Queer Britain is an exquisite montage of the LGBTQ+ history, culture and pride set up for the world to relish. After being a work in progress for four years, it has finally opened in a refurbished 19th-century building behind King’s Cross railway station in London.
A smorgasbord of artworks, costumes and photographs, this exhibition aims to throw light on the queer community and their impact. It is a fiesta and a crash course of their contribution to history, all at the same time. Take a look at how far they’ve come from cross-dressing Victorians to some of the most recent pride marches. It projects the voices of the unheard. With the aim of disseminating this crucial and proud emotion and information, your visit to this museum is free.
Co-founder and director of Queer Britain and the former editor of the UK’s Gay Times magazine, Joseph Galliano has been on the streets scouring the cultural landscape and the activist landscape to find the right point to plant this seed for the last five years, and he couldn’t be any prouder of the result. It was in 2017 that it hit Galliano that one could “create a blockbuster exhibition around queer subjects.” With the help of the LGBTQ+ organizations and other individuals in his network, Galliano brought together more than 500 donors to put up this dazzling display.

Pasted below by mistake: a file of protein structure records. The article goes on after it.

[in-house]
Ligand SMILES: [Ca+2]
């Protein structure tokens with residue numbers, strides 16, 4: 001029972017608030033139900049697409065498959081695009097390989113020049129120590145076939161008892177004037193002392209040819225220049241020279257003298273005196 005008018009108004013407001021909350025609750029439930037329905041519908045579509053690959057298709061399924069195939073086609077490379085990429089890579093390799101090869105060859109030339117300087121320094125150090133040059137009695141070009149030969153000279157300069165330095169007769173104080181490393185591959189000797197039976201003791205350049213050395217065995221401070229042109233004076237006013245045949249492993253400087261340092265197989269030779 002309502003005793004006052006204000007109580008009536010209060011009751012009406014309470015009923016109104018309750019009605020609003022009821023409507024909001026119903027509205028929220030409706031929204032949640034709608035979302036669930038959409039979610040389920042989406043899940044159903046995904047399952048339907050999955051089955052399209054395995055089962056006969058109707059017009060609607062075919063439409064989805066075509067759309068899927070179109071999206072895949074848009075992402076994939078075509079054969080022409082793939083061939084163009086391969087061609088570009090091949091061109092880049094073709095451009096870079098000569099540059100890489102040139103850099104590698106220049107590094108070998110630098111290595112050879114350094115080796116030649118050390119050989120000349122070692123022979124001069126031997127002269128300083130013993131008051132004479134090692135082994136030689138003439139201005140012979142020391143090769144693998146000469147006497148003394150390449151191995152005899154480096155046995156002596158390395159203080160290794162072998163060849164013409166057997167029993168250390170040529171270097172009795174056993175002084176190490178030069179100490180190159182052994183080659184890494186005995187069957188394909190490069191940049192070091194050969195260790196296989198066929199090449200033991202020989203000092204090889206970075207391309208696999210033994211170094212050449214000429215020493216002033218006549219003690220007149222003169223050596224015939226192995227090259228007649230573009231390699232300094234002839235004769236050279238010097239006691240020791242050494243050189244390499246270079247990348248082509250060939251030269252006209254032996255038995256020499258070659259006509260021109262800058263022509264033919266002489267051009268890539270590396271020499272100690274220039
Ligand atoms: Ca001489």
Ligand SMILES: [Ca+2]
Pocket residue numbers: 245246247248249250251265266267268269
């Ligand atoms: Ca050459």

From Maureen Colquhoun getting deselected by her own party for having strong feminist notions in 1977 to same-sex marriageS becoming legal in Wales, Scotland and England in 2014, Queer Britain educates the spectators on queer history and is peek behind their curtain of struggles. Sadie Lee’s painting of the avant-garde artist David Hoyle is a major highlight of Queer Britain since it bagged the first position in the 2021 Queer Britain Madame F Award competition.
Fully funded by private individuals via Queer Britain’s patron and membership programs, this museum is also supported directly by a few companies and other corporate partnerships. The museum will be fully accessible via lifts and ramps and will always be free to visit but welcomes donations to support its work. It will have four gallery spaces, a gift shop and office facilities, later to be followed by education and workshop spaces.